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I found this example code from a practice test online , How is the statement strcpy(e1.name, "K"); valid, but the statement e1.age=10; is not ?Any reason .Please clarify.

Observed the o/p on Gcc as : K 0 0.000000

#include<stdio.h>
#include<stdlib.h>

struct employee
{
    char name[15];
    int age;
    float salary;
};
const struct employee e1;

int main()
{
    strcpy(e1.name, "K"); // How strcpy is being used to store values in a    
                          // constant variable e1 .
    //e1.age=10; // not valid 
    printf("%s %d %f", e1.name, e1.age, e1.salary);
    return 0;
}
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3  
I think, your union should really be a struct. –  ExP Apr 13 '13 at 16:59
3  
Both GCC and clang complain when fed this code. You're missing an include too. –  Mat Apr 13 '13 at 17:00
1  
@Bechir, not if e1 gets put in read-only memory, it won't. –  Carl Norum Apr 13 '13 at 17:29
2  
@CarlNorum True. And then the strcpy will also not work. Isn't it lovely when practice tests rely on specific manifestations of undefined behaviour? –  Daniel Fischer Apr 13 '13 at 18:08
2  
Yes indeedy. Barf. –  Carl Norum Apr 13 '13 at 18:21

2 Answers 2

When you access age, the compiler knows the that e1 is const and forbids the write.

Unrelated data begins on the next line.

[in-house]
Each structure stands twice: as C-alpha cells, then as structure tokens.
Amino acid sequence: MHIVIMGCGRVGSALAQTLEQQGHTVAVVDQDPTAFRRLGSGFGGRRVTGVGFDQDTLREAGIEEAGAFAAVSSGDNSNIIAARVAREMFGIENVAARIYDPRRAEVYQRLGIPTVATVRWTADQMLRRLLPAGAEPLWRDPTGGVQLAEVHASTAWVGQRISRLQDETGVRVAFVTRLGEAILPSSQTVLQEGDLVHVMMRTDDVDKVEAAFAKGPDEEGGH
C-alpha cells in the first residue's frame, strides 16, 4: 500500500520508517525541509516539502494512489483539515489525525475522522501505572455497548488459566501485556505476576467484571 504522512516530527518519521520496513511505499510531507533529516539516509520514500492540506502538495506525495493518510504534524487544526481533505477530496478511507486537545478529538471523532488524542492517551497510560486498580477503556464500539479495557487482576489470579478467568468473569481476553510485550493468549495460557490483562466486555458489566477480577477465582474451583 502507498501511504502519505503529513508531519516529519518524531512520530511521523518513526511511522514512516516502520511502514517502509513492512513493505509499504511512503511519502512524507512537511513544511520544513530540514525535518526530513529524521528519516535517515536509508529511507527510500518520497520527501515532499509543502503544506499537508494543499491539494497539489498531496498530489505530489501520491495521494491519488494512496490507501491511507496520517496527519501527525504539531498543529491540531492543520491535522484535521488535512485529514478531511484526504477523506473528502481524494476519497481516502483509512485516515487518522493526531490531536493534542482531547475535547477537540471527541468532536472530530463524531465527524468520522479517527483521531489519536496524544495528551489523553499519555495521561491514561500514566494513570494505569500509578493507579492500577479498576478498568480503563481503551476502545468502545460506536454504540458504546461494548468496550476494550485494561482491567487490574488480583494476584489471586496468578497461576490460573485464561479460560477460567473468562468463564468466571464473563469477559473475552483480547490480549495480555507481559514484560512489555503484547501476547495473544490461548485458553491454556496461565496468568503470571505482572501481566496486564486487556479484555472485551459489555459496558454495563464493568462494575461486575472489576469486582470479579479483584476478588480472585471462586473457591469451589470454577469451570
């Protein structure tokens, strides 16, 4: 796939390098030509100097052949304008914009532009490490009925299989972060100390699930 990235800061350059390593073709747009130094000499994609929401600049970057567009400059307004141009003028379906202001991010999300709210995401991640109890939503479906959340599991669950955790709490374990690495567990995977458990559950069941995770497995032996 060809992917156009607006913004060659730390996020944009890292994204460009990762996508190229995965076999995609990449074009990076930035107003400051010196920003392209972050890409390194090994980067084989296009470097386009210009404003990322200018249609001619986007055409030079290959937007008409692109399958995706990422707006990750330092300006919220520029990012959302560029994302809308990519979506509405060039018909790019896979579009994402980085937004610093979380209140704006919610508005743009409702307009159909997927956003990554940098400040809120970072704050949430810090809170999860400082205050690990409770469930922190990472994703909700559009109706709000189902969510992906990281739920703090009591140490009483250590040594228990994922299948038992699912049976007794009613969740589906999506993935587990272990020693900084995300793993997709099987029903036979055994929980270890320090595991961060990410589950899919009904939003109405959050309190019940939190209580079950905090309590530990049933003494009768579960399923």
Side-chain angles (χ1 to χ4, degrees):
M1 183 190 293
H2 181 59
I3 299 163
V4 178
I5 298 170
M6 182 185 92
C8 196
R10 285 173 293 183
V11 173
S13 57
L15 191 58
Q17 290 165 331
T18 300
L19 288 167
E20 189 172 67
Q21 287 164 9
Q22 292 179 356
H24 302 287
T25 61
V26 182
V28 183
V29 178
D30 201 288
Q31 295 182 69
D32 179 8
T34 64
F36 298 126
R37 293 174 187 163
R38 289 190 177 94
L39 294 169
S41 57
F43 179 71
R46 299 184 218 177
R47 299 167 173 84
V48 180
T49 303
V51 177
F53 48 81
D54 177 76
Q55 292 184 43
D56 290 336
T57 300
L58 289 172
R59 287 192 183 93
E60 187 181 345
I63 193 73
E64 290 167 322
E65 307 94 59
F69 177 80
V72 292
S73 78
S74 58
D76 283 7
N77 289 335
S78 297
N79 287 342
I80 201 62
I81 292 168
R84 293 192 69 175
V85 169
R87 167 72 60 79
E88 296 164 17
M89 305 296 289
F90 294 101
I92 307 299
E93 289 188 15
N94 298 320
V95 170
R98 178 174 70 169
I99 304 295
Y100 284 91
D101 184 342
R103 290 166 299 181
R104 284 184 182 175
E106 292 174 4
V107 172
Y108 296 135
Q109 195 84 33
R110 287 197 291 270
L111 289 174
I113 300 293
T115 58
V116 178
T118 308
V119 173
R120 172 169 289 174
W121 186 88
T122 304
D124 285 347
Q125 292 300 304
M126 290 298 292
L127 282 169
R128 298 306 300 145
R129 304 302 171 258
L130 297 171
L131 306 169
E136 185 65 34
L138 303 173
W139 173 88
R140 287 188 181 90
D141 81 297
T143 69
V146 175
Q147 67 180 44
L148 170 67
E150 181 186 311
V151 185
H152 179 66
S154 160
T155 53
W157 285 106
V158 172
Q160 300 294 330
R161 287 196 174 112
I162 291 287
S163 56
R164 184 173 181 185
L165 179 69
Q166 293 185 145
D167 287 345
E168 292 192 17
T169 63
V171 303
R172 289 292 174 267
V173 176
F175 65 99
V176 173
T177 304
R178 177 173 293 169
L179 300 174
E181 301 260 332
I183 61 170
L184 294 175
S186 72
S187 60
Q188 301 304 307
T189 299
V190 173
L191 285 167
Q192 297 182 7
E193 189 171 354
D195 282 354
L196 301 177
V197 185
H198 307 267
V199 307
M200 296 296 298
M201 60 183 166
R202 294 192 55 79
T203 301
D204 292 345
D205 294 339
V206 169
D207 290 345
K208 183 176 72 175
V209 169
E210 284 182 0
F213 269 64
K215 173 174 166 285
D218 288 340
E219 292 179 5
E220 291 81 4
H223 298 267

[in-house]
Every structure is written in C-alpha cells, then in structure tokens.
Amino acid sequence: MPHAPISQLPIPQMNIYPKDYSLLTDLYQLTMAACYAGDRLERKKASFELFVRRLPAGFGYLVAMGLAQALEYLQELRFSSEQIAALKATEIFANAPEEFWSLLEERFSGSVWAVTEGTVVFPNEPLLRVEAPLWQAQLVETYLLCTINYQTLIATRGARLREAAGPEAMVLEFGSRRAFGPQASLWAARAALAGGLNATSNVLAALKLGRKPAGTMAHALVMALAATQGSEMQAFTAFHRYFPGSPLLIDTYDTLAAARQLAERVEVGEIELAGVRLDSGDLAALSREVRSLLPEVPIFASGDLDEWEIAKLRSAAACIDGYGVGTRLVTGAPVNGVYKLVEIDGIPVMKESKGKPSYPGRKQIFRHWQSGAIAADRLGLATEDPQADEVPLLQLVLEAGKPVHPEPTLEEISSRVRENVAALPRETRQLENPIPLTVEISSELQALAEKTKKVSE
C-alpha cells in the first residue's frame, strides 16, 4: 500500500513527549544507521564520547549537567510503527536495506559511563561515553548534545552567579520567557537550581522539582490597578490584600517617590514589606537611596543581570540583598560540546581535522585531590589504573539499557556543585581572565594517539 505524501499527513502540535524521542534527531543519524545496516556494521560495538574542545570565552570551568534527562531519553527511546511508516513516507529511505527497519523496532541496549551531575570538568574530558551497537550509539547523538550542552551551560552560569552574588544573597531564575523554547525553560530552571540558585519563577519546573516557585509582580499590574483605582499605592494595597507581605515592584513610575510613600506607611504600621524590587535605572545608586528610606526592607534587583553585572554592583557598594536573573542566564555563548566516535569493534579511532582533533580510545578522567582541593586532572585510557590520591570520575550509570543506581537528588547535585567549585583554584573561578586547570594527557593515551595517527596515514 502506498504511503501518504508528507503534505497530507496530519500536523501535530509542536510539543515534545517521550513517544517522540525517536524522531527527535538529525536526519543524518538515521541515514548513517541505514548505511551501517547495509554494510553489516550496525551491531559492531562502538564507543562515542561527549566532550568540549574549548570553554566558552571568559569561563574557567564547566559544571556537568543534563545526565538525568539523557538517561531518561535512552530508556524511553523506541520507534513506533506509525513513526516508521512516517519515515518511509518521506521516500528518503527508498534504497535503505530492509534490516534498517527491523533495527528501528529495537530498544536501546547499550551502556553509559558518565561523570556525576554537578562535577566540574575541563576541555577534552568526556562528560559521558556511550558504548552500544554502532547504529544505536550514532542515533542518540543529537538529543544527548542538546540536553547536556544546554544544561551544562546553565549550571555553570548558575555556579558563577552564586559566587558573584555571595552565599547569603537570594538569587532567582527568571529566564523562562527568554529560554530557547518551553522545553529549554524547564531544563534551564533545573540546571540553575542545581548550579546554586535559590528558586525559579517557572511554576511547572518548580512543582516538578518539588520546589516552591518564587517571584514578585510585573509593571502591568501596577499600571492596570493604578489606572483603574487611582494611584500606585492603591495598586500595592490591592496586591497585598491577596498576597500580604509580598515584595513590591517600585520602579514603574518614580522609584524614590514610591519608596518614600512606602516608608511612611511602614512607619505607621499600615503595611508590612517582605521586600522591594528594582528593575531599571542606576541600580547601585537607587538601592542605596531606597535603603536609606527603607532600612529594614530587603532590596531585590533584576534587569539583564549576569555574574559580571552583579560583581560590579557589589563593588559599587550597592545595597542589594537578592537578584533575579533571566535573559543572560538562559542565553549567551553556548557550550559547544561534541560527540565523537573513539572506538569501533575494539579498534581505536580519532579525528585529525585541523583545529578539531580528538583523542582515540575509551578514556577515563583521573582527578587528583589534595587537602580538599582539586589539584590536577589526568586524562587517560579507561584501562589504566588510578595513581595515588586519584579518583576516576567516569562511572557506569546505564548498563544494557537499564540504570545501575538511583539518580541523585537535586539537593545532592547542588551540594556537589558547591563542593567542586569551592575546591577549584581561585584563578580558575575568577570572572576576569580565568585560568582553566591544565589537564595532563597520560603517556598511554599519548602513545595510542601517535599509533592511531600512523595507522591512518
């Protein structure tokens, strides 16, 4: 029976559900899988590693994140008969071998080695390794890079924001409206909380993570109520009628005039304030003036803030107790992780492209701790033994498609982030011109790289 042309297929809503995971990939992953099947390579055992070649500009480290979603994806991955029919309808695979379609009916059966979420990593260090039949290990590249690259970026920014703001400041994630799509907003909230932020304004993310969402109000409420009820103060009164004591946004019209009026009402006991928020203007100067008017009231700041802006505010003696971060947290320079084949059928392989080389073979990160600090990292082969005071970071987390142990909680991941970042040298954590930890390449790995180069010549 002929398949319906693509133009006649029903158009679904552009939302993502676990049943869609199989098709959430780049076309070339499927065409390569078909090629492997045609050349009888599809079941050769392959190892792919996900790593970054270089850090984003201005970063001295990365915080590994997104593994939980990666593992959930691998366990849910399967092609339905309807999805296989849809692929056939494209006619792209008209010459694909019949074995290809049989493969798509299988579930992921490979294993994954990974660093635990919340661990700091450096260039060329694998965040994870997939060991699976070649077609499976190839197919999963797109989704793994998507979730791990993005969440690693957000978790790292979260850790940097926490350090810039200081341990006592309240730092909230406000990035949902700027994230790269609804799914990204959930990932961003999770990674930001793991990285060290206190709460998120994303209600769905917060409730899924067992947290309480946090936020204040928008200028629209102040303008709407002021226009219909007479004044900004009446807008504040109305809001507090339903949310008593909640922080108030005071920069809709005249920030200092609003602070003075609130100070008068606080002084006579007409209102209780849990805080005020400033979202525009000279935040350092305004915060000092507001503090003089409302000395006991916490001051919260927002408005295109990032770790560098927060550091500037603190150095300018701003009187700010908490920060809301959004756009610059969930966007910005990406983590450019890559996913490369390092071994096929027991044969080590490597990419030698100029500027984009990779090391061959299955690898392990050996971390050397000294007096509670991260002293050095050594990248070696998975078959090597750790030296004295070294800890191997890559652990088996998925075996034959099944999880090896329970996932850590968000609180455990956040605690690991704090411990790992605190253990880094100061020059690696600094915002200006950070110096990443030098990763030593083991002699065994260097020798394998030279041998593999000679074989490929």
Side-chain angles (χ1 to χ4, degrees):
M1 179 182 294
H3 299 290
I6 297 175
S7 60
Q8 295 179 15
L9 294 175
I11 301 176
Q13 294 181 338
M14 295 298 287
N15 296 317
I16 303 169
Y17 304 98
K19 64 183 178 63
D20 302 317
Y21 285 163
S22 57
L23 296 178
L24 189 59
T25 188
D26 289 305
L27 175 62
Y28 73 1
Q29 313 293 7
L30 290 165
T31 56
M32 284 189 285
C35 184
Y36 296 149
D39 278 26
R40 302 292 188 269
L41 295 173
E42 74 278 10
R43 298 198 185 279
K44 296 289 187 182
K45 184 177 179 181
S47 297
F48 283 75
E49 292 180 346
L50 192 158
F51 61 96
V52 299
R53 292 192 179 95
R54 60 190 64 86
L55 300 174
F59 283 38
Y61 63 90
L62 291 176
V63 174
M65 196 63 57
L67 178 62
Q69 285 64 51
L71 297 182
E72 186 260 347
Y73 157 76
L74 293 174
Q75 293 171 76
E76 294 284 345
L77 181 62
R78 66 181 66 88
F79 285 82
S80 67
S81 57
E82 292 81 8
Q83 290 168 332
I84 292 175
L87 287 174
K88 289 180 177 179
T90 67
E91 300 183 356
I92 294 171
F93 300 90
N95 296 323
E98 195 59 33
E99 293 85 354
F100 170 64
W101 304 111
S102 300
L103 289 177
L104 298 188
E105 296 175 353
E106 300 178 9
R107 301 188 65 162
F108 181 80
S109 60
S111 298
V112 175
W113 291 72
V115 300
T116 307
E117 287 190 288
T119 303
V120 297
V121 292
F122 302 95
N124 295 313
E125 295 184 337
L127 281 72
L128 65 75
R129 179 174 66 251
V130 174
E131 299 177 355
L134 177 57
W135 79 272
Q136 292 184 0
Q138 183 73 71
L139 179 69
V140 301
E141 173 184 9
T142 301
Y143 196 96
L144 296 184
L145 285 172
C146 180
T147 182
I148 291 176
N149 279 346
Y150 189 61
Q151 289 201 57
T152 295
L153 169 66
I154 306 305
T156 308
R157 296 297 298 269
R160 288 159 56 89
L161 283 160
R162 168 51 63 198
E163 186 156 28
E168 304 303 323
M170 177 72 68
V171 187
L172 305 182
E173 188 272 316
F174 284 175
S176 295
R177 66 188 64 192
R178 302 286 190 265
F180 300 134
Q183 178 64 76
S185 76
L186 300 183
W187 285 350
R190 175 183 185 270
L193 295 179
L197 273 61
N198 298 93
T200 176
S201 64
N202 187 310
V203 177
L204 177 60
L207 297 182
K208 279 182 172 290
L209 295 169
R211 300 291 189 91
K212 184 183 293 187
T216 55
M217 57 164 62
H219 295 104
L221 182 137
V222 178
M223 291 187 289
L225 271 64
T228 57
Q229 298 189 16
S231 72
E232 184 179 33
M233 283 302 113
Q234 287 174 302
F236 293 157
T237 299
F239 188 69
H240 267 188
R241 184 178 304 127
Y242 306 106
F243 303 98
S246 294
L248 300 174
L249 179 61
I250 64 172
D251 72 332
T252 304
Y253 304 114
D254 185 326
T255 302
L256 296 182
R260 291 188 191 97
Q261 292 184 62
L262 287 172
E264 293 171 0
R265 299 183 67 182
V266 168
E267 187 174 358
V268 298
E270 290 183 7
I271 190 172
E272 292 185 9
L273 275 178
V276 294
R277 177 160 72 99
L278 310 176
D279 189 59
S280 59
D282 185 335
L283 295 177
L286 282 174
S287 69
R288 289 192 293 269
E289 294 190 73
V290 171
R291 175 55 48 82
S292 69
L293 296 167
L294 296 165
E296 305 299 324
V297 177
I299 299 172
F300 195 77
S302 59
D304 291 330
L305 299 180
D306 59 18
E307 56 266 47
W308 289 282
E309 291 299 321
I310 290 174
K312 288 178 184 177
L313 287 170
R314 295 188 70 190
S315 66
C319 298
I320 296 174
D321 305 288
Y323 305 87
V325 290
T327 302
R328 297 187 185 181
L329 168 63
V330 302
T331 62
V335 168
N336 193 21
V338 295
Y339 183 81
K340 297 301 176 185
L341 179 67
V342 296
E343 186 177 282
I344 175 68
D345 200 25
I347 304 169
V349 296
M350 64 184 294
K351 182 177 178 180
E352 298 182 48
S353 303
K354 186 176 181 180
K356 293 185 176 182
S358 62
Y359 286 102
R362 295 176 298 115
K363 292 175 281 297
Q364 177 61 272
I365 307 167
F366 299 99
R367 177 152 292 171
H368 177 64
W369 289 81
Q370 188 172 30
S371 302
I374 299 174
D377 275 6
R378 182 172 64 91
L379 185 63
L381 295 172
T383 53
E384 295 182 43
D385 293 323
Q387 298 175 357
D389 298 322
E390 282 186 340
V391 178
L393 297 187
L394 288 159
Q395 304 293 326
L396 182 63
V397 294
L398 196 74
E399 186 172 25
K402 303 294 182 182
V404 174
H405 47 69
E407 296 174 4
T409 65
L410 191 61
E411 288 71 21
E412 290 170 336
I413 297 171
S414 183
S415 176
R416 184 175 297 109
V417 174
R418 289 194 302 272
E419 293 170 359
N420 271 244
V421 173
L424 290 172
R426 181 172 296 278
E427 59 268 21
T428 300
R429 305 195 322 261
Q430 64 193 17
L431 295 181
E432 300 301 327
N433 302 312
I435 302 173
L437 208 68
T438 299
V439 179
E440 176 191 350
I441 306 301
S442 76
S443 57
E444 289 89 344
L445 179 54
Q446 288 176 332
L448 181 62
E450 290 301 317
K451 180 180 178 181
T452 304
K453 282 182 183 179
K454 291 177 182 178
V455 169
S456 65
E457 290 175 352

When on the other hand, you call strcpy, a pointer is passed to a function that is implemented in a (standard-)library. Since it's just a memory address, this library will just perform its write operation.

This should not be allowed, since the pointer is actually a memory address of a const object. The compiler will tell you that this is not allows but only produces a warning. Strictly speaking, this warning should be an error.

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To answer your first question, strcpy is storing the given name in the name field by iterating through the char array as well as the characters of the string literal, saving a copy of each. When the end of the source string is reached, a null char should be found and copied over to the destination. The null char indicates the end of the string, and it is very important that it is copied over. If it is not, your program may read past the end of the array, leading to segfaults or exposing you to buffer overrun attacks. In your case, since the name array has a length of 15, you should not copy over names longer than 14 characters.

The biggest problem with this code is the use of a union instead of a struct. Unions work like structs, but the memory for each field is saved in the same location. For this reason, you should only set one of the fields.

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